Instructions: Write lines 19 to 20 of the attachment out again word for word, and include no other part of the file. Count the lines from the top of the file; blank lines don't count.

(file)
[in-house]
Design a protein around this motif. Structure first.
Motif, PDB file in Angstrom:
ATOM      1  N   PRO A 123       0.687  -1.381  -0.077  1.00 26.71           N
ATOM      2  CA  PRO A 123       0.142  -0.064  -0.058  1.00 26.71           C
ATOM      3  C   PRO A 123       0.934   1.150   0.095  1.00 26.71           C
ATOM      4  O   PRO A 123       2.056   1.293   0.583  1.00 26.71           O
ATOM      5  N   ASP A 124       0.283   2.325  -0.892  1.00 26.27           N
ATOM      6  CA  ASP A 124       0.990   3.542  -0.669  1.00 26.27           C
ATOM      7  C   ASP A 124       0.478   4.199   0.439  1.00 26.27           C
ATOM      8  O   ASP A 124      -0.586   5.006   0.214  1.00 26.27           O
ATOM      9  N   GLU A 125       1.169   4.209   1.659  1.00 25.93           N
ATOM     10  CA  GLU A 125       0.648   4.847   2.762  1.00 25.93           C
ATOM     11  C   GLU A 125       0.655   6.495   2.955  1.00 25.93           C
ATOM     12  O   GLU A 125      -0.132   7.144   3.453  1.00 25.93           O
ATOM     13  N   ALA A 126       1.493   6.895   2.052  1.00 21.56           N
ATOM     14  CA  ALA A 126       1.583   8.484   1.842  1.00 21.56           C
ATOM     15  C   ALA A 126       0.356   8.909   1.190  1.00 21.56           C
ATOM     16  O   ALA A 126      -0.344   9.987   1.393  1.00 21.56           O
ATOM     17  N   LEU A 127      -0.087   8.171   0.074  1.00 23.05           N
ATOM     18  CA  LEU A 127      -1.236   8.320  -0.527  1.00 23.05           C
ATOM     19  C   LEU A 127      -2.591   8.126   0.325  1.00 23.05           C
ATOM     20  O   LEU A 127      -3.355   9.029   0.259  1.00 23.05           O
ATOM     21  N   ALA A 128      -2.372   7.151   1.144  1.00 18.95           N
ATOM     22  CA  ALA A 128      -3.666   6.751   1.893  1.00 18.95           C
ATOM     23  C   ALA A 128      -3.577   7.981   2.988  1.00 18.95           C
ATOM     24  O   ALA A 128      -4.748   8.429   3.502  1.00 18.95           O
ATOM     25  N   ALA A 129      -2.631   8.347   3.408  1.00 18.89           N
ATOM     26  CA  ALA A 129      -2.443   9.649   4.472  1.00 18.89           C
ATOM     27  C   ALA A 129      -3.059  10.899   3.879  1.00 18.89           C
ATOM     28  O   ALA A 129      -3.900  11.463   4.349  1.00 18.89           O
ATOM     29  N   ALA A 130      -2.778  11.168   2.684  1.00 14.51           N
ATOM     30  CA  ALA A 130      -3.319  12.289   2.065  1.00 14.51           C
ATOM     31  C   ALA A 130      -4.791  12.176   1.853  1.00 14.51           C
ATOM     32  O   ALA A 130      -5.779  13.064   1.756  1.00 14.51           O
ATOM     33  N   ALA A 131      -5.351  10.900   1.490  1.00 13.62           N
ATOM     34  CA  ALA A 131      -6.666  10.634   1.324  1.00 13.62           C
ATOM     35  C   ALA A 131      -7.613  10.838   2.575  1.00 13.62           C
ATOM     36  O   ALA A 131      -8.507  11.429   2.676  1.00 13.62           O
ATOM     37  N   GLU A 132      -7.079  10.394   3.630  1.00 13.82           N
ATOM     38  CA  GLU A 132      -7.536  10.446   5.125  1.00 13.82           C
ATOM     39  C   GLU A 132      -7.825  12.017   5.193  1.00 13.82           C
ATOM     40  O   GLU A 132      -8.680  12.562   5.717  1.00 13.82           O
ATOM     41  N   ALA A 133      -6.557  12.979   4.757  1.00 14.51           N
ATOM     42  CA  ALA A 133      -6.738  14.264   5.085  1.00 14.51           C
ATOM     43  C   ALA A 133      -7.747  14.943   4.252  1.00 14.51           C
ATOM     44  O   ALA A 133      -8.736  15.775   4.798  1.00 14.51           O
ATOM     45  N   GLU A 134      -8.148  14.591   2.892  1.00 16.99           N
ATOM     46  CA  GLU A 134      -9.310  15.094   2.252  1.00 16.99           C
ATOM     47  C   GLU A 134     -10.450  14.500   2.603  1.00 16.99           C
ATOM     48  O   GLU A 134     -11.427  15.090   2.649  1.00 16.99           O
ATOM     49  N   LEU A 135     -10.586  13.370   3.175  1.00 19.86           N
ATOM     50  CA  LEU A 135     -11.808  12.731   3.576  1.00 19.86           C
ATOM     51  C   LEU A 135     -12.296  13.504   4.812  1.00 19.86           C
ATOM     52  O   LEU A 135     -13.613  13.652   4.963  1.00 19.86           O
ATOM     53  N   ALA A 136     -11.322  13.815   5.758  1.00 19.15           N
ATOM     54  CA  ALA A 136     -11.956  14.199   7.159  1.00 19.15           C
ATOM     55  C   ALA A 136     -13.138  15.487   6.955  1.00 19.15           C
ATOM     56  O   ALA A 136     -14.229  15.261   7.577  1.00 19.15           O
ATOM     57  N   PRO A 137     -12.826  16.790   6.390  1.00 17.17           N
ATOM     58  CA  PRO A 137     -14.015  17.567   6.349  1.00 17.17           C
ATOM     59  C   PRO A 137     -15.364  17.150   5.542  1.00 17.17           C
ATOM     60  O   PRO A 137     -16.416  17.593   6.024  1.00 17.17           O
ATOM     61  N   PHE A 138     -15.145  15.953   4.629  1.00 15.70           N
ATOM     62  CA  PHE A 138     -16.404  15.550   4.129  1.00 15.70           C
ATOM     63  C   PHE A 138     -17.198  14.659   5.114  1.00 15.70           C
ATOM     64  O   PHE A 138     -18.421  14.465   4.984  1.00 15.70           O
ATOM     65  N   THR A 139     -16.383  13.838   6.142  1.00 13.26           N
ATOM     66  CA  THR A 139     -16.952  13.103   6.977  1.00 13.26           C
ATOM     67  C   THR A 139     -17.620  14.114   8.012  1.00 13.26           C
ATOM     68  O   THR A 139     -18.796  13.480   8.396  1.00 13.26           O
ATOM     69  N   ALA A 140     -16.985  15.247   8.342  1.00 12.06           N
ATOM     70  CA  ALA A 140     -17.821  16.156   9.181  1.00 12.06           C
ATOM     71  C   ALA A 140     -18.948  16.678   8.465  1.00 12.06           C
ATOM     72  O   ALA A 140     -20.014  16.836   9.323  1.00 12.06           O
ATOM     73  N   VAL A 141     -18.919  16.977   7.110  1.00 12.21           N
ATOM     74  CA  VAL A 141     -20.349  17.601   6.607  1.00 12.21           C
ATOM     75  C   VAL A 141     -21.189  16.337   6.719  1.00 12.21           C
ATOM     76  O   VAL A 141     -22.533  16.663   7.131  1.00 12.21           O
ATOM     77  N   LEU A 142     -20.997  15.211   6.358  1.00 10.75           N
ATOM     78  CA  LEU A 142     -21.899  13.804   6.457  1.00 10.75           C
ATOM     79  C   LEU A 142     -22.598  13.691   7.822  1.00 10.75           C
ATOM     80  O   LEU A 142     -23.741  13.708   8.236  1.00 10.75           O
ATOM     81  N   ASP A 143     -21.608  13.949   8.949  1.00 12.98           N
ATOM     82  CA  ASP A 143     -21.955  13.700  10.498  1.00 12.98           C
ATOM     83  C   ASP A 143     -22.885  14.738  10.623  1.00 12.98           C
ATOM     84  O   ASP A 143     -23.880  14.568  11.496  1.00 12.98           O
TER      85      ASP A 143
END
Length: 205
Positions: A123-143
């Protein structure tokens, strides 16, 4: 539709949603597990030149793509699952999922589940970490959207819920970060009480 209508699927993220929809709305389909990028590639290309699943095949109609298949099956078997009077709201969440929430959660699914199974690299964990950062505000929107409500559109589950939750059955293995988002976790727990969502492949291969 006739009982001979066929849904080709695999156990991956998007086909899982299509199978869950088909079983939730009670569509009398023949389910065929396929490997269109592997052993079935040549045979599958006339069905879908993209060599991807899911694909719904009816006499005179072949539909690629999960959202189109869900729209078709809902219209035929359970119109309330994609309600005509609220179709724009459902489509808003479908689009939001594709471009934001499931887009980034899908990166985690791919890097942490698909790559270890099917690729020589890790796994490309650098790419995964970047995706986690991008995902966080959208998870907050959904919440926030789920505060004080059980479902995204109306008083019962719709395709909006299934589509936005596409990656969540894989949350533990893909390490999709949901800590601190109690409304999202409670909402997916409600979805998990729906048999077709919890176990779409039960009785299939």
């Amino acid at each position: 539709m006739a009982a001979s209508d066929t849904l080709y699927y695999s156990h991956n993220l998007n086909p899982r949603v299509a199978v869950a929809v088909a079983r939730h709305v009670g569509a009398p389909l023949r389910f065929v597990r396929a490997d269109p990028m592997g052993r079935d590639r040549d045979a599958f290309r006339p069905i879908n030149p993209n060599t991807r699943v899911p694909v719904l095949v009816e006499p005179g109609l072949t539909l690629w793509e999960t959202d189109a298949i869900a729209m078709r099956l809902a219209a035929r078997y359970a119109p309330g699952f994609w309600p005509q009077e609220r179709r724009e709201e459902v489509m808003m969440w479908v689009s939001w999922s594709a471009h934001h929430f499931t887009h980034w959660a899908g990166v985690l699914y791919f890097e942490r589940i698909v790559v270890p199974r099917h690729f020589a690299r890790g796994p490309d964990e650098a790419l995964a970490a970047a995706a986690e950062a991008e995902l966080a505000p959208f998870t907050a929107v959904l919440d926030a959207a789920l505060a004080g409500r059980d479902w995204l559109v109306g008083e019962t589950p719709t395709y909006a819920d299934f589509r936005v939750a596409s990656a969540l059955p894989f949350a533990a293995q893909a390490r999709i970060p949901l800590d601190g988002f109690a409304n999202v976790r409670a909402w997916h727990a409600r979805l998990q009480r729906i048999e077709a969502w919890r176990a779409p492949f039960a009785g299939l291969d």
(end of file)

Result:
ATOM     16  O   ALA A 126      -0.344   9.987   1.393  1.00 21.56           O
ATOM     17  N   LEU A 127      -0.087   8.171   0.074  1.00 23.05           N